Google Plus-Privacy Law
Google is shutting down its long-shunned Plus social network for consumers, following its disclosure of a flaw discovered in March that could have exposed some personal information of up to 500,000 people.
The announcement came in a blog post, which marked Google's first public description of the privacy bug.
According to a Wall Street Journal story that cited anonymous individuals and documents Google deliberately avoided disclosing the problem at the time, in part to avoid drawing regulatory scrutiny and damaging its reputation. The company declined to comment on the Journal's report, and didn't fully explain in its blog post why it held off on revealing the bug until yesterday.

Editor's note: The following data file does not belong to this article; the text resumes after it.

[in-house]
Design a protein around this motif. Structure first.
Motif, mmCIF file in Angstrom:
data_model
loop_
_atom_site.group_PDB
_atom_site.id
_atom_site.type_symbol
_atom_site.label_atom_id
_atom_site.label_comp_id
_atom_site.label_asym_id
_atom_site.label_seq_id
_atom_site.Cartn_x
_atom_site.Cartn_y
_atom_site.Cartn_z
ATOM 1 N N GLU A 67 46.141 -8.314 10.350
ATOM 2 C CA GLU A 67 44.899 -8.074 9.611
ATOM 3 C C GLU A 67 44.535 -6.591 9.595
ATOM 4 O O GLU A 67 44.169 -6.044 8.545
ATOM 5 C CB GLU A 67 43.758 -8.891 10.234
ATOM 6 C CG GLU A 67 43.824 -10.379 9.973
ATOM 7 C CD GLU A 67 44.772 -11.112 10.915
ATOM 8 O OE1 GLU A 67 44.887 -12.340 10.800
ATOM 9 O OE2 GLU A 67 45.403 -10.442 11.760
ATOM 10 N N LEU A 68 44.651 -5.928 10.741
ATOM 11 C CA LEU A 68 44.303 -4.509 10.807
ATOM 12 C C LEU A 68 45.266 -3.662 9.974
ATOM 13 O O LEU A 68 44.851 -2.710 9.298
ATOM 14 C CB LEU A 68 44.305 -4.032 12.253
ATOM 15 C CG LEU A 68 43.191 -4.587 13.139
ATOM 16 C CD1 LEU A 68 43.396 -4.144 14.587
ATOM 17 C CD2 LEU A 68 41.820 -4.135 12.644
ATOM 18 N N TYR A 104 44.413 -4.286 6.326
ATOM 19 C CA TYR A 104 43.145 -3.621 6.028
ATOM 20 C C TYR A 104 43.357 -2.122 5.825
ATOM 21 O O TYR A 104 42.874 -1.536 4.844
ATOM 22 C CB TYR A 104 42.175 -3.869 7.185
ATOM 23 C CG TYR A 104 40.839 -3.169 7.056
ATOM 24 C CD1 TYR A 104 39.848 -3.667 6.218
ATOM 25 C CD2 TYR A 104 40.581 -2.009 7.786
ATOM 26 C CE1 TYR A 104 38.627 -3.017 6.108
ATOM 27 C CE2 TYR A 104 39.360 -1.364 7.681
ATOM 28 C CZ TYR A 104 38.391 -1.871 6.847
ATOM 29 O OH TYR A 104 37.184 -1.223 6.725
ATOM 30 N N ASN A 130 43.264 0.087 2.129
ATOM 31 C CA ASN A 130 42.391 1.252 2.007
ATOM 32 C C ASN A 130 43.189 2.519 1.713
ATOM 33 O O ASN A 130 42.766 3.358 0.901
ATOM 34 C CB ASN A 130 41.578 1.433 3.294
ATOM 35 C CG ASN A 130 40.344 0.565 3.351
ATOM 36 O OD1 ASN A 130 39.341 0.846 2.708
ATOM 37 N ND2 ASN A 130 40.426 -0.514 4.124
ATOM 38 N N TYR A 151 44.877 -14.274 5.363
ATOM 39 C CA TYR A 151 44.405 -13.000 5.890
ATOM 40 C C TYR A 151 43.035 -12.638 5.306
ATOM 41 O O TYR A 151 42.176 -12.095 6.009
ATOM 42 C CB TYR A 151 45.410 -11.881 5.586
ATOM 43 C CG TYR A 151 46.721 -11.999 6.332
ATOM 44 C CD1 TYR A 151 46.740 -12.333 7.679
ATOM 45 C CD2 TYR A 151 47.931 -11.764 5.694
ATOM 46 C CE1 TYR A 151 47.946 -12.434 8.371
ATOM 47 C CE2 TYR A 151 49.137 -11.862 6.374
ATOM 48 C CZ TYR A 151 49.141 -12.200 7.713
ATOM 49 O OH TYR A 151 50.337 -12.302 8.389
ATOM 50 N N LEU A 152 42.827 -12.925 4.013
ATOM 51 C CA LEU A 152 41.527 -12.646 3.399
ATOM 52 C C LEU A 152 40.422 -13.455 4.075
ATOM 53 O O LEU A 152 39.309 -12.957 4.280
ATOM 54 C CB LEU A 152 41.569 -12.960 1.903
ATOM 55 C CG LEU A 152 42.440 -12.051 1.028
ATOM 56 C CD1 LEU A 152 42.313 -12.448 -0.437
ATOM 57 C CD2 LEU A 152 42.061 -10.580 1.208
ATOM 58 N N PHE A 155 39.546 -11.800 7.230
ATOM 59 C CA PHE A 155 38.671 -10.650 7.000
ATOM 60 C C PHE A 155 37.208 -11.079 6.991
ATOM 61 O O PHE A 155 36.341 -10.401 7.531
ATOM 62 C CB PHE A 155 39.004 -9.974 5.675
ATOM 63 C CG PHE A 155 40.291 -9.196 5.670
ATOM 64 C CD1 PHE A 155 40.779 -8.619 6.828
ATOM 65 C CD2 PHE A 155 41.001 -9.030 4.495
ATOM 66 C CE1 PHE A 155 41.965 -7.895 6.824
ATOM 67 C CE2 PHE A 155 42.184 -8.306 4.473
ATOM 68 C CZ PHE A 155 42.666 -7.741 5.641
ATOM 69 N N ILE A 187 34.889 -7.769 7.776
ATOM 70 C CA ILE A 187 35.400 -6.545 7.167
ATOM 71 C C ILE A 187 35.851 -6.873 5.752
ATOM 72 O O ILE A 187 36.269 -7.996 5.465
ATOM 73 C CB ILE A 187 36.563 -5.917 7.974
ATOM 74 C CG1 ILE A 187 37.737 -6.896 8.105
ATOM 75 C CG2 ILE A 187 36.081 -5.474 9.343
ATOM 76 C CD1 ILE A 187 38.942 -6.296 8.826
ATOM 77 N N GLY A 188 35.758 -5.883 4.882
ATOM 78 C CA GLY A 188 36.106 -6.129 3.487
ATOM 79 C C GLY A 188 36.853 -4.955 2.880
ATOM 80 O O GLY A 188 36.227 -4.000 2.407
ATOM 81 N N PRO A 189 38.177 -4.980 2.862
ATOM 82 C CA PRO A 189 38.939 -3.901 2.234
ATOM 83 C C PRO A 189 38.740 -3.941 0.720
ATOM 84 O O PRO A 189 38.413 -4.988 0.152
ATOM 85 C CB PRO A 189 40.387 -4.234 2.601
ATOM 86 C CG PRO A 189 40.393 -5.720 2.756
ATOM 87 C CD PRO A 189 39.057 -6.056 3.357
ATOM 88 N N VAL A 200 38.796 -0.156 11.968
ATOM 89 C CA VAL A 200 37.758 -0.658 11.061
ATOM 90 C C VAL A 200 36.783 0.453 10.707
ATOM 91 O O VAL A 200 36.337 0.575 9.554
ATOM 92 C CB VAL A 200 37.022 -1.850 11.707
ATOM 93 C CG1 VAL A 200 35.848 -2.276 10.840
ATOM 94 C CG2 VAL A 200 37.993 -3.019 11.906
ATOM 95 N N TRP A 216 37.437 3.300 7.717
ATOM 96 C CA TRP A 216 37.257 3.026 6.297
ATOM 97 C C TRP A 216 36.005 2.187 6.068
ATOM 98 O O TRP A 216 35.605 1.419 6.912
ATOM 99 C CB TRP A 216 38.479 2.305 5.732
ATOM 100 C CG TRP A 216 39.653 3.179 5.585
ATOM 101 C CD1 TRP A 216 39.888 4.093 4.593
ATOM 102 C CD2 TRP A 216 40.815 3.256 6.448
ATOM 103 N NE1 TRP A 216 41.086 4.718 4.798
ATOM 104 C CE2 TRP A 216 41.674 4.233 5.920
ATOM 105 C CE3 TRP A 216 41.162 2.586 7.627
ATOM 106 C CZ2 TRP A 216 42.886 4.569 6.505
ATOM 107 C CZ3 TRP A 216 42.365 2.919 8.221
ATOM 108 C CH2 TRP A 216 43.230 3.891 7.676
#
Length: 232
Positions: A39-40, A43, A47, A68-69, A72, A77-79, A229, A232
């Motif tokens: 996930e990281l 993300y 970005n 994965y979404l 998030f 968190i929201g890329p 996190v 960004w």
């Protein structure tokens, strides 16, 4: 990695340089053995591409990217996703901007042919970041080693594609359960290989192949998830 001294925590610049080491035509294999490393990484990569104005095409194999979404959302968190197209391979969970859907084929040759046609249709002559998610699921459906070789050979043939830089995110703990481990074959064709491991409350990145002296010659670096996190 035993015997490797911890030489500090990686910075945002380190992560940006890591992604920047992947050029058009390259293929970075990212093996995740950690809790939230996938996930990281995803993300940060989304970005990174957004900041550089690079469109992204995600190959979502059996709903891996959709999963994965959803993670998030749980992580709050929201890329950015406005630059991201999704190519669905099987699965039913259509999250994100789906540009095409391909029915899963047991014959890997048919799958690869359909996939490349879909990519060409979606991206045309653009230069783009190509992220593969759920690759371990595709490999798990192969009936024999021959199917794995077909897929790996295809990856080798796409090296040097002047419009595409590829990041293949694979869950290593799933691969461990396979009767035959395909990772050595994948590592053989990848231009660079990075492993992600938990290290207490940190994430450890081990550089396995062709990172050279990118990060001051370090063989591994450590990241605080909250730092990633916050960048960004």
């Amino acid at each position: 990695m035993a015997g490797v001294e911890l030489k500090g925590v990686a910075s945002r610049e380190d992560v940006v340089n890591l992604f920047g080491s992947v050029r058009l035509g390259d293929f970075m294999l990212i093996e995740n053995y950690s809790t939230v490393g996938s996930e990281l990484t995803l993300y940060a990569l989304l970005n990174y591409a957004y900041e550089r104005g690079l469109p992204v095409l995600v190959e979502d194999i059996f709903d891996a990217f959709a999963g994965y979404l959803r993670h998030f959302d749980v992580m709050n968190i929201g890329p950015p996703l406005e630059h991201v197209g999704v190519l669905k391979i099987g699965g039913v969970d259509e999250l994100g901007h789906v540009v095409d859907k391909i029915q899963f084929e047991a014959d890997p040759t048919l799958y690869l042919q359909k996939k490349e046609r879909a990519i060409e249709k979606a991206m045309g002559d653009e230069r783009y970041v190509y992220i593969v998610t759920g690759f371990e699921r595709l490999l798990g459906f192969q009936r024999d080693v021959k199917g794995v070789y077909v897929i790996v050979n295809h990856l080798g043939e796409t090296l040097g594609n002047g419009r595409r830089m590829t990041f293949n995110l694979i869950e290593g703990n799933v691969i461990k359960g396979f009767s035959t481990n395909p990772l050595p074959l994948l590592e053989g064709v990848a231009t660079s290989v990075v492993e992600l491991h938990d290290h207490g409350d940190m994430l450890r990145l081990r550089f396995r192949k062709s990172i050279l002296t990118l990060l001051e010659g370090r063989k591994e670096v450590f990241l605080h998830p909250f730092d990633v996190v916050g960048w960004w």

The Google Plus flaw could have allowed up to 438 external apps to scoop up user names, email addresses, occupations, genders and ages without authorization. The company didn't find any evidence that any of the personal information affected by the Plus breach was misused.